For the ROMA II laptop, the K1 has double the cores (8x), higher clocks (2GHz) and support for full vectoring instruction standard (RVV10), so it is expected to be much more performant. Still the K1 is a new CPU and I do not thing that - as of now - there are any relevant/consumer performance metrics available (remember, cache/bus/RAM latencies are currently unknown and will also affect overall performance).

Moreover, software/driver support for this brand new K1 platform is an unknown. Here they claim full Ubuntu support which sounds great. It remains to be seen, what exactly that means though...

So on one hand, there are currently lots of performance and sw/driver support unknowns, also the ROMA II laptop for that price seems to be quite overpriced. EDIT: Maybe it is not AS overpriced as I perceived it at the time of writing this. Still, they could probably do better I guess...

On the other hand, if they really manage to have full and good sw/driver support (including the GPU, HW accel of destop and full support of VPU on-chip codecs for e.g. high-performance HW decode of video streams) this really could be the first consumer-grade RISC-V machine for bigger masses.

Hopes are high


Last edited by Boldos on 19 June 2024 at 5:40 pm UTC
hell0 Jun 19
Quoting: LoudTechieI see no hope in this.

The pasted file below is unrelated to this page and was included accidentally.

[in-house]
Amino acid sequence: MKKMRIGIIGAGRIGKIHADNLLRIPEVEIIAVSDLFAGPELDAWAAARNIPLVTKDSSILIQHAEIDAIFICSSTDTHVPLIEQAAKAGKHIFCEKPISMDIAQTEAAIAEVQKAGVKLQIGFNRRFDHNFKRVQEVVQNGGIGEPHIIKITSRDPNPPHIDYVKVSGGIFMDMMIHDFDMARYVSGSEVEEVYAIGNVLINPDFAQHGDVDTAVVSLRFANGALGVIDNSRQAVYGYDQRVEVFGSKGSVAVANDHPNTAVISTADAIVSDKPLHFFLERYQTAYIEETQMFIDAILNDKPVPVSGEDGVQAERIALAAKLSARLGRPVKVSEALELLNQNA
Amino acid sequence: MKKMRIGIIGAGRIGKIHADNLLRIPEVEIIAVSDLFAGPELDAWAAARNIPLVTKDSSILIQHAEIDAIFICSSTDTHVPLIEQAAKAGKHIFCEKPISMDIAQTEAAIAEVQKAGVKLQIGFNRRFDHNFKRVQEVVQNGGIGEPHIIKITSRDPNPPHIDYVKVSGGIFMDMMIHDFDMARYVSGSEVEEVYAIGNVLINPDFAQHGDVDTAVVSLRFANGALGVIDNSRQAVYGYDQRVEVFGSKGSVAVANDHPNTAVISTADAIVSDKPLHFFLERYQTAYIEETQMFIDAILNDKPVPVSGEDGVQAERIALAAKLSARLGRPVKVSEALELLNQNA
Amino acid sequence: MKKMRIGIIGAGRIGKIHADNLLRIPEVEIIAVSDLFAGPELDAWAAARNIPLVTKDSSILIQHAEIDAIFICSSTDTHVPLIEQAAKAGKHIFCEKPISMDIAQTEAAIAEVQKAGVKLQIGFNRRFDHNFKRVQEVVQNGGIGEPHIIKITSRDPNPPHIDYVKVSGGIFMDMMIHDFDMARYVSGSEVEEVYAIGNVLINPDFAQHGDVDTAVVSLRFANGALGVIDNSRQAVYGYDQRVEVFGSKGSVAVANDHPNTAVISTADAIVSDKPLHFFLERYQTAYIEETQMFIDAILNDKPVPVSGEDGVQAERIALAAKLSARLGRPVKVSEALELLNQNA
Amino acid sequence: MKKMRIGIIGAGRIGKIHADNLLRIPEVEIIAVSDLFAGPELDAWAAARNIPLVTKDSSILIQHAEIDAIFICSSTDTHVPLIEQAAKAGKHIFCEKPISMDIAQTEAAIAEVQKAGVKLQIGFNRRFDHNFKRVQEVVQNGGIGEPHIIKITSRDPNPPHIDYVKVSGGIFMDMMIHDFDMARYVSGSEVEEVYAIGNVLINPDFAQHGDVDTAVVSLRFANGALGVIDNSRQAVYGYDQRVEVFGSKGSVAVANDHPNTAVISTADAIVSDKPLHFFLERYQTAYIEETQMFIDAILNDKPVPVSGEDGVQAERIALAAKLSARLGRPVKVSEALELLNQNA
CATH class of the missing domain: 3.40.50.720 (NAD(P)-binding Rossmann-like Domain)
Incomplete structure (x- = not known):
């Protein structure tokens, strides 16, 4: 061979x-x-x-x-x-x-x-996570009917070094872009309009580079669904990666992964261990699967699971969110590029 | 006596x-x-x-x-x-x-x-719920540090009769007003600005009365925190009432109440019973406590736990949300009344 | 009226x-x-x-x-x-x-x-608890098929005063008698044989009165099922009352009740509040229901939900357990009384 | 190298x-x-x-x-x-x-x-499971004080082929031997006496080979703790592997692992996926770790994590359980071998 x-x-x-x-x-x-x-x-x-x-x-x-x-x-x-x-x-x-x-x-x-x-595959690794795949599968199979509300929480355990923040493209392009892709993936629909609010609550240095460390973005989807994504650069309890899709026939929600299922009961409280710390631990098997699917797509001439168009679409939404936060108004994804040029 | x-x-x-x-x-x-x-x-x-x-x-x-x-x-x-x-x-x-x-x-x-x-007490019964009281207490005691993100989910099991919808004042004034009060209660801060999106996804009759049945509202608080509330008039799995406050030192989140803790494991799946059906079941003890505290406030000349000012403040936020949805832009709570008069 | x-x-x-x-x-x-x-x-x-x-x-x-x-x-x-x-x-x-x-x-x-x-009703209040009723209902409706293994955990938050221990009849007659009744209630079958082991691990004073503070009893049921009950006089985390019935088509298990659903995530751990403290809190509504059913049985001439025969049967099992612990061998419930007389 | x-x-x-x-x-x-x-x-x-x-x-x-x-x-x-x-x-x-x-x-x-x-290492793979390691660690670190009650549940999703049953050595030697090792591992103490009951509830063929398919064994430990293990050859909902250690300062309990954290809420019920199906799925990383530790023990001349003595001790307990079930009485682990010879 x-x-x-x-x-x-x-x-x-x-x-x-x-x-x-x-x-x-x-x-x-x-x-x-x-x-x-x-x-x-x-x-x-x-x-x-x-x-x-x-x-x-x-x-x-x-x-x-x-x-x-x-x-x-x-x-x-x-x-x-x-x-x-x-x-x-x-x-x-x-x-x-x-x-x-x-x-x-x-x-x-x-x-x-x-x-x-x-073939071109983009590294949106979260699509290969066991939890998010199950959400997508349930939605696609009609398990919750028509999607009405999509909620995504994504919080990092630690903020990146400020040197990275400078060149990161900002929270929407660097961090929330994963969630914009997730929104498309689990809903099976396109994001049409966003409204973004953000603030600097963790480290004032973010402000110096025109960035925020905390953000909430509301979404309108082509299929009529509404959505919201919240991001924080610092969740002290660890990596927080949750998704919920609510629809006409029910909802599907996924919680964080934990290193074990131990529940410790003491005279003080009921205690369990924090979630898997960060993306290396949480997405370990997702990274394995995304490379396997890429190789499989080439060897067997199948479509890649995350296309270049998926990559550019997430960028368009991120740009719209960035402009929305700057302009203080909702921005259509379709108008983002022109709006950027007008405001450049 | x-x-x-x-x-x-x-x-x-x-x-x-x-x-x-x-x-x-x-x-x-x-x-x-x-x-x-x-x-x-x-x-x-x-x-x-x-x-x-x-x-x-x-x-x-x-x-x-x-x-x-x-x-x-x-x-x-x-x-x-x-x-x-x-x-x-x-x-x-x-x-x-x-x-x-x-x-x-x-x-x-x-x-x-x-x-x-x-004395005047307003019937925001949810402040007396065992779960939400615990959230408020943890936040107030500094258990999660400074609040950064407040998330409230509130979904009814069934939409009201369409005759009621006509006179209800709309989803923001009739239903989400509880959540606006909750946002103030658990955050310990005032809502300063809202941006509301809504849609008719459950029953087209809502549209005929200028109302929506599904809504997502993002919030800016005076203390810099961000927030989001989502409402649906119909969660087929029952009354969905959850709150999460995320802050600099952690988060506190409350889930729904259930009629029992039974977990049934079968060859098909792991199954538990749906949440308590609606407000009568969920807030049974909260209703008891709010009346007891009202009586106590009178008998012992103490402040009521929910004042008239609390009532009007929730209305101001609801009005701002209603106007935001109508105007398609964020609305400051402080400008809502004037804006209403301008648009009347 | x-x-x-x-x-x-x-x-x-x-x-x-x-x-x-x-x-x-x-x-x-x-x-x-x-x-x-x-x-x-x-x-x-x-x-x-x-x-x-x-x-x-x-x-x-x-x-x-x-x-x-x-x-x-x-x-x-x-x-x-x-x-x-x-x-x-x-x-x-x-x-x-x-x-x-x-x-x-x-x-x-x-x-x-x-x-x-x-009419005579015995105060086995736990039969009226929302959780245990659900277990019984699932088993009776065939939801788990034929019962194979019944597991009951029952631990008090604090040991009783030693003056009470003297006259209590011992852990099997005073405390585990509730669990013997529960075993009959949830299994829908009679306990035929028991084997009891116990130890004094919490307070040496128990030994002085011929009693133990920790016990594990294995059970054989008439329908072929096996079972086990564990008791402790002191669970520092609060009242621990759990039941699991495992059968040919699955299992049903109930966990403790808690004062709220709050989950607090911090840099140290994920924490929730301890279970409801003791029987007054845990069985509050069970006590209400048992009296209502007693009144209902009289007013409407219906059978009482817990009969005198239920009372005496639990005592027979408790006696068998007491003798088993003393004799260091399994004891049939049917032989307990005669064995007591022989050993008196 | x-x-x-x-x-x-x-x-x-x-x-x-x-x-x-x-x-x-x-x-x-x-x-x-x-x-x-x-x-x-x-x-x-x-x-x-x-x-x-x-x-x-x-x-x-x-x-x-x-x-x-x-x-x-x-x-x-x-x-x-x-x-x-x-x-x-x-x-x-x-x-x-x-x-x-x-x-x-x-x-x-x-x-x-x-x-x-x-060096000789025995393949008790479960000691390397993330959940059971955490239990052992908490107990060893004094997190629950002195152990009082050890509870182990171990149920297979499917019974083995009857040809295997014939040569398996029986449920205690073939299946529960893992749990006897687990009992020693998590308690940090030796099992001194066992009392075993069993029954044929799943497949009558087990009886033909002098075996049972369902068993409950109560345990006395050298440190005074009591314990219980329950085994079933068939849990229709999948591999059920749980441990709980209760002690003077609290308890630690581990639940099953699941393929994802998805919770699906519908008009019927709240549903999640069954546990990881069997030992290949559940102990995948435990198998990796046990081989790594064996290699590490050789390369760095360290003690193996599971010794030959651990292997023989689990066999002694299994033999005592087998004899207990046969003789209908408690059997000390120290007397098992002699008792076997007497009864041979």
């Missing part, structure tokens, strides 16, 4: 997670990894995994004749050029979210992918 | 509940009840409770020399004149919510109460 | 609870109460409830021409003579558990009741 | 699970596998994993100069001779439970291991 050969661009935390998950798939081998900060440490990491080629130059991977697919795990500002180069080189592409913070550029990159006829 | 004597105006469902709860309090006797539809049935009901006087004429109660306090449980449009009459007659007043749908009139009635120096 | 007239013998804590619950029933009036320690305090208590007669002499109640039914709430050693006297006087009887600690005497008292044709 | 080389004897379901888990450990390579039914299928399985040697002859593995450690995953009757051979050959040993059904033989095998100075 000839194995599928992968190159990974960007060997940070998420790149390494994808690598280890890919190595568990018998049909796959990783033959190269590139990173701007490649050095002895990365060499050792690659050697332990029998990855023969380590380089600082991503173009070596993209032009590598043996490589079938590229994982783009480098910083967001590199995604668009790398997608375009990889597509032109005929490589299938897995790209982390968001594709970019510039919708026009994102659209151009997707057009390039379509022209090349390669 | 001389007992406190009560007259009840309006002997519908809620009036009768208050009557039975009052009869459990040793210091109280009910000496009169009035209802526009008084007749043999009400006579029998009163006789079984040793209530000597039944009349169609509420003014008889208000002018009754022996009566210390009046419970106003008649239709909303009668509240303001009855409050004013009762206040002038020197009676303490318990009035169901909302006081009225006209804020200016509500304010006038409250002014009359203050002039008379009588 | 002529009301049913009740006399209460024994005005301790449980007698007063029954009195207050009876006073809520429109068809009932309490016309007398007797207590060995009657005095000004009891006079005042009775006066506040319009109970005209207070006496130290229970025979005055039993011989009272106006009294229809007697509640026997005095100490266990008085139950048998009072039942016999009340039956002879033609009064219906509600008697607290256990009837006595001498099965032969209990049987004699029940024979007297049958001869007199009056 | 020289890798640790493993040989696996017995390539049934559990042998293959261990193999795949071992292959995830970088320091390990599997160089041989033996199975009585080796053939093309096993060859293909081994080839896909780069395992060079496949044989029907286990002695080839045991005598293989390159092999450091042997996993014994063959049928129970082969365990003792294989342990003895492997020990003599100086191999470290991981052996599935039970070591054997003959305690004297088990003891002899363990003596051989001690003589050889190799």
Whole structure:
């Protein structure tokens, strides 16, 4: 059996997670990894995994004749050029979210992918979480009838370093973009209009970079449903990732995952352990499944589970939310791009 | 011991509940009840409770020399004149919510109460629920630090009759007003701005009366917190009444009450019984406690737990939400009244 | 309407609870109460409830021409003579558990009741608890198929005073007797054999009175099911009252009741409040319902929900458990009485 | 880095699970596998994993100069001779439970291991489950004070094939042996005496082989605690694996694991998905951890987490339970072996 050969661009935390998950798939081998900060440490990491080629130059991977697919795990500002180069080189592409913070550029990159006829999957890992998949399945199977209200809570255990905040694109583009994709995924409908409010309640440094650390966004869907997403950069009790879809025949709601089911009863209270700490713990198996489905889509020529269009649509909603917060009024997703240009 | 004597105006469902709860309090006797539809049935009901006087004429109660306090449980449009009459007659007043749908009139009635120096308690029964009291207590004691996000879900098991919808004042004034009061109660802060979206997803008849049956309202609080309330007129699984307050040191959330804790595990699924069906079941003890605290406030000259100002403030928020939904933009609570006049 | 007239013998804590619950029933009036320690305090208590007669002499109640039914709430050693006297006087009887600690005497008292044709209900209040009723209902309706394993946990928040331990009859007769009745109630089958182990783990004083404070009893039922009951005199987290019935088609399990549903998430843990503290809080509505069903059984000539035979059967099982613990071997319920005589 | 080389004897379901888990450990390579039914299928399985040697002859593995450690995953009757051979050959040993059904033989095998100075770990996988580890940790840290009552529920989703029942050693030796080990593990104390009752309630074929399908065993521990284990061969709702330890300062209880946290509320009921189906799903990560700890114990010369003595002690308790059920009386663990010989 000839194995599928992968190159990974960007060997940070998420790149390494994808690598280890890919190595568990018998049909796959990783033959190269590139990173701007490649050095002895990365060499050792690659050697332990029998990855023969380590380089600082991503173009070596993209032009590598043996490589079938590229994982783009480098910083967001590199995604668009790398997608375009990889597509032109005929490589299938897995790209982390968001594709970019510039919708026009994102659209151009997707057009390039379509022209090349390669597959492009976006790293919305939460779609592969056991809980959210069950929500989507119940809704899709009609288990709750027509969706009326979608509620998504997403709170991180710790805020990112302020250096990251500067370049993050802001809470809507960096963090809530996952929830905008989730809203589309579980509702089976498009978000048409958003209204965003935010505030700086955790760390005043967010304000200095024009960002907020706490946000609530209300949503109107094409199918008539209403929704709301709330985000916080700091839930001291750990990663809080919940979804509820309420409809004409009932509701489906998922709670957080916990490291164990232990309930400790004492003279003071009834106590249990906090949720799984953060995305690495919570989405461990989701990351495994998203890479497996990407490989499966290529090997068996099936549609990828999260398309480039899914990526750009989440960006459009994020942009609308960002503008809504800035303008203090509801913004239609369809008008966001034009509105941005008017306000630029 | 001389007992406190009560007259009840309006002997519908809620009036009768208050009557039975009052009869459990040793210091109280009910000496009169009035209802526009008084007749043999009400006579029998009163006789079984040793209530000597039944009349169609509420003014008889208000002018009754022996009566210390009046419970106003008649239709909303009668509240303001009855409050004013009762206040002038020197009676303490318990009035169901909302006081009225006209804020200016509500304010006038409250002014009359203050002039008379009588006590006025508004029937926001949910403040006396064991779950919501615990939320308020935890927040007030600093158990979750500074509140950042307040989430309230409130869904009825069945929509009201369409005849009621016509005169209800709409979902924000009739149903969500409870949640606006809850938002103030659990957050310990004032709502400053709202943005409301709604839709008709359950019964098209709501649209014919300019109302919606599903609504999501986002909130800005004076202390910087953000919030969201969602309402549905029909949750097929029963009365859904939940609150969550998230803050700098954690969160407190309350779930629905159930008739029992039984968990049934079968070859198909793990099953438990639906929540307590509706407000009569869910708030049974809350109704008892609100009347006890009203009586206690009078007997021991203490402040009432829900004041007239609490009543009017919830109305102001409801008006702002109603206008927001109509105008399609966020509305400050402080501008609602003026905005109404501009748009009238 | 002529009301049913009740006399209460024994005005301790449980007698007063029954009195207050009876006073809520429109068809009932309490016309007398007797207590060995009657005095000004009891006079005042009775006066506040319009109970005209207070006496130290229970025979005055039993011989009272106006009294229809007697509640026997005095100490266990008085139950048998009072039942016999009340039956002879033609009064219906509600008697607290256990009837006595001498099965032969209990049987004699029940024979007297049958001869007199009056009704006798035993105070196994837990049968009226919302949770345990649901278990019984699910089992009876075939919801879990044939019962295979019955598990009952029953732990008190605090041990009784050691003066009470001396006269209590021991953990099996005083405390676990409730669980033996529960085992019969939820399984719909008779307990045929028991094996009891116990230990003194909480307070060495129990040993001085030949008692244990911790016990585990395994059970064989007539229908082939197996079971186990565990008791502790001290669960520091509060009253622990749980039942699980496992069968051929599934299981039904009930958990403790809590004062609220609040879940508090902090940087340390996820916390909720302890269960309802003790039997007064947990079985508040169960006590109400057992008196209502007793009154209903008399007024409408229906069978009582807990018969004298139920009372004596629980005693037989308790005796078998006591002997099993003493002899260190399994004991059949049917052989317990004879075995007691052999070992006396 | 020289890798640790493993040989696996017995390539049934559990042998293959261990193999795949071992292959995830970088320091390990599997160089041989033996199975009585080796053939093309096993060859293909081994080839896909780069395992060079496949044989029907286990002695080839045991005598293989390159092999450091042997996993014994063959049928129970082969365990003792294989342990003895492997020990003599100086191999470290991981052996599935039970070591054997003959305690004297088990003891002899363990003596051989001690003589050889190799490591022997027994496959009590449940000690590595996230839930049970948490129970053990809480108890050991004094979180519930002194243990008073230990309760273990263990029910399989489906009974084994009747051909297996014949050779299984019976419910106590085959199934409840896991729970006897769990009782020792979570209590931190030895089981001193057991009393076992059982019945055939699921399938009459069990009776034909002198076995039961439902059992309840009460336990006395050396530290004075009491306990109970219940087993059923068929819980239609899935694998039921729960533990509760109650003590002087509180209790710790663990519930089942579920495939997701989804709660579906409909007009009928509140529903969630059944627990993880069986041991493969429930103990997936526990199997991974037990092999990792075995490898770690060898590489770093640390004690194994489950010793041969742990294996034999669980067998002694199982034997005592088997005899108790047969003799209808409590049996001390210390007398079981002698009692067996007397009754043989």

RISC-V has an even less functional software ecosystem, so it's useless for most consumers.
Although the architecture of RISC-V is open source the firmware isn't yet and some ARM processors do offer open firmware making them more suited for tinkering, because making or manipulating your own chips requires a lot more resources than doing the same with firmware meaning its out of the range of most tinkerers.

These devices are exactly what is needed for the software ecosystem to progress. There is only so much a software developper can do without testing his work on an actual device. It's definitely not for the masses yet.

Keep in mind, ARM is over 40 years old (project started in 1983) and x86 was released in 1978 (probably in the work a while before that).
slaapliedje Jun 19
Quoting: ToddLI'm glad that RISC-V continues to make in-roads when it comes to CPU architectures and interested to see where it goes in the future since it's nice to have CPU alternatives besides ARM and x86-64.
What would be nice is if there were an affordable PPC as well...